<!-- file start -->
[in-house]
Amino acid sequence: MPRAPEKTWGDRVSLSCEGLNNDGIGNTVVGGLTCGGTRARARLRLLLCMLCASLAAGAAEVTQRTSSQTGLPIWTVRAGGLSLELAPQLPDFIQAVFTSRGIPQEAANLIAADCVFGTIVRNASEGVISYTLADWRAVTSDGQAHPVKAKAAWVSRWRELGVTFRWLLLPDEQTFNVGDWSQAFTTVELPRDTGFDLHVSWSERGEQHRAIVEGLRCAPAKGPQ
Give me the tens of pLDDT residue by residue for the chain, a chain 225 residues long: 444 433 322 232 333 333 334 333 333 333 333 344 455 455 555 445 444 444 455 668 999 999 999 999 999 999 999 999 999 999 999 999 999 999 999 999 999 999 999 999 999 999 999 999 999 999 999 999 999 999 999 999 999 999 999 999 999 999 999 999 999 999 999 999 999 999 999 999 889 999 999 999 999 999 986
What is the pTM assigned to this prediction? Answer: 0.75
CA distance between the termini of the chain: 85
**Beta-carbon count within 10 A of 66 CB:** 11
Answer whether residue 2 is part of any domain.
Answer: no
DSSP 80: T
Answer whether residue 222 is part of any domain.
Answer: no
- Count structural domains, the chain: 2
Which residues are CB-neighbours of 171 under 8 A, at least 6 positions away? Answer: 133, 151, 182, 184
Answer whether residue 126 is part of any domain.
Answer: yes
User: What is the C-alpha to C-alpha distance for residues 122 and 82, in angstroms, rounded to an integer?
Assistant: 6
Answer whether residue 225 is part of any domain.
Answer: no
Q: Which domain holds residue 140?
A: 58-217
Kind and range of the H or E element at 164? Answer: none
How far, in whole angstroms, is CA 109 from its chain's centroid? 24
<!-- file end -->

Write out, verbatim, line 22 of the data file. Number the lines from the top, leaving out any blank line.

Kind and range of the H or E element at 164? Answer: none